Gov. Andrew Cuomo announced a first in the nation program to battle the growing heroin epidemic.

Starting on Thursday, pharmacies across New York will offer no-cost or low-cost naloxone, medicine used to reverse opioid overdoses.

"This first-in-the-nation program will help put this lifesaving treatment in more hands and is one more prong in this administration's efforts to battle heroin and opioid abuse," Cuomo said. "This is one more step toward a stronger, healthier New York for all."

According to the Governor’s Office, people with prescription health insurance coverage, including Medicaid and Medicare, will receive up to $40 in co-payment assistance, resulting in reduced cost or no cost for this lifesaving medicine. Uninsured people, or people without prescription coverage, will be able to receive naloxone at no cost through New York's network of registered opioid overdose prevention programs.

"New York's communities are hard-struck by the heroin and opioid epidemic, and we must turn the tide by preventing more overdose deaths,” Chair of the Assembly Committee on Alcoholism and Drug Abuse Linda B. Rosenthal said.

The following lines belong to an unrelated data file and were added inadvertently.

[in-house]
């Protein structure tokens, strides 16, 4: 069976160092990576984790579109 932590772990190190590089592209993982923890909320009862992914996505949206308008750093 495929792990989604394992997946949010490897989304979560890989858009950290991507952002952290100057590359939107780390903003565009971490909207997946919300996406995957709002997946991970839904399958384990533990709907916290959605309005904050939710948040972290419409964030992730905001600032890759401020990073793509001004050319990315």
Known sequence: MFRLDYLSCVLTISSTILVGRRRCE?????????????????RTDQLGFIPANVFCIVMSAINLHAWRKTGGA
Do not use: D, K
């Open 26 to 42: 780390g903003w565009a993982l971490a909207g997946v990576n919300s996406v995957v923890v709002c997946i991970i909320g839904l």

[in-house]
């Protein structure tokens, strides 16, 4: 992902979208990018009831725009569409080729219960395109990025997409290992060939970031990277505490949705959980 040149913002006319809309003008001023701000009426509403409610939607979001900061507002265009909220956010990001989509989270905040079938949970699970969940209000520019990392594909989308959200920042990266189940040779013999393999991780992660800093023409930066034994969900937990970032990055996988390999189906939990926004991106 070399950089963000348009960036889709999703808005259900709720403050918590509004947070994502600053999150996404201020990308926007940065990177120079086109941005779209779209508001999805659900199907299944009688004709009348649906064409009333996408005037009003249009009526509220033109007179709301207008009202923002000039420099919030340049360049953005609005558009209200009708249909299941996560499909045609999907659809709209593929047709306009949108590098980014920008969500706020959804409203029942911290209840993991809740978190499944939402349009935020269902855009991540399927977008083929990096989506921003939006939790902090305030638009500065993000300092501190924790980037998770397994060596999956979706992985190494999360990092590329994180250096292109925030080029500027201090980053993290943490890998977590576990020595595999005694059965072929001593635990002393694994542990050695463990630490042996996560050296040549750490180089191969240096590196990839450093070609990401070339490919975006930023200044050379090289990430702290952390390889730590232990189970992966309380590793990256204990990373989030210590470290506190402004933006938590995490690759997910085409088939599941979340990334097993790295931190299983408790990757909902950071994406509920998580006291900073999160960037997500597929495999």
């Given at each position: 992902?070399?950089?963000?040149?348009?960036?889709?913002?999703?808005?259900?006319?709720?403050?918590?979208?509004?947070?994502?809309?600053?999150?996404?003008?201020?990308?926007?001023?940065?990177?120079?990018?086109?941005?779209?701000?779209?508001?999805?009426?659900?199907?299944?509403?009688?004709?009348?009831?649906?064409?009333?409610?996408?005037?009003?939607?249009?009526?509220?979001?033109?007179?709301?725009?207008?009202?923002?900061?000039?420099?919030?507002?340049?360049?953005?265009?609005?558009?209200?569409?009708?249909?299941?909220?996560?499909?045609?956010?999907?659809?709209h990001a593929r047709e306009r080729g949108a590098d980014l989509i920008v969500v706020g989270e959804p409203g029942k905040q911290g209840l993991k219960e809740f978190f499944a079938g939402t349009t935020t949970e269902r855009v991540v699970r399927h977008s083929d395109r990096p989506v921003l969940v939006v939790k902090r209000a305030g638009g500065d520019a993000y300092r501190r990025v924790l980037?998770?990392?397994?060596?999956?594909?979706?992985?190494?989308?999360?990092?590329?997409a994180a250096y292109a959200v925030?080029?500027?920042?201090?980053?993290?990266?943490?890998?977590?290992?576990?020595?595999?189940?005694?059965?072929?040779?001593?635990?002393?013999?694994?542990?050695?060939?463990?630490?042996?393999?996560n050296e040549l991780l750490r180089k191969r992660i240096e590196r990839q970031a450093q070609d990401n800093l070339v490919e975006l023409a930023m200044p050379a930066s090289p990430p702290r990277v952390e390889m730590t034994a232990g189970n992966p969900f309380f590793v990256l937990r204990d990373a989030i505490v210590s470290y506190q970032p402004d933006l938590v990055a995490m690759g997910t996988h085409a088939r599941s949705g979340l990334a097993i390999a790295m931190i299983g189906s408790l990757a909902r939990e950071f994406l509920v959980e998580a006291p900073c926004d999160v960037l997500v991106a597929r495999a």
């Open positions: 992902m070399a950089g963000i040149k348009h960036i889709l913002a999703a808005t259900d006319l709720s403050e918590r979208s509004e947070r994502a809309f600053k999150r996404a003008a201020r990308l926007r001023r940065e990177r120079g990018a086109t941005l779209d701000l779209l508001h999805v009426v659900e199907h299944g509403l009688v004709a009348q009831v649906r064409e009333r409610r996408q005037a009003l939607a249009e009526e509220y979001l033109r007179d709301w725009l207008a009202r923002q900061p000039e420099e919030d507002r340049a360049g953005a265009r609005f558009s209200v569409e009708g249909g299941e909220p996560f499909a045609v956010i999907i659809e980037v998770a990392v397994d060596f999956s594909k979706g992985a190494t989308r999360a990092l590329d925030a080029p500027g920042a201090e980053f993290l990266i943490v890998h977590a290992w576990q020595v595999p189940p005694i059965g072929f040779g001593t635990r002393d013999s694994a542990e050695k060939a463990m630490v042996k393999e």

Since April of 2014, 2,036 officers have administered naloxone to over 3,100 people, saving the lives of nearly 90 percent, officials say.

"By guaranteeing affordable Naloxone to all New Yorkers, we will save thousands of lives and help repair the damage done to our communities by the opioid epidemic,” New York State Office of Alcoholism and Substance Abuse Services Commissioner Arlene González-Sánchez said.

In the 2017 State Budget, Gov. Cuomo invested over $200 million to fight the heroin and opioid epidemic.

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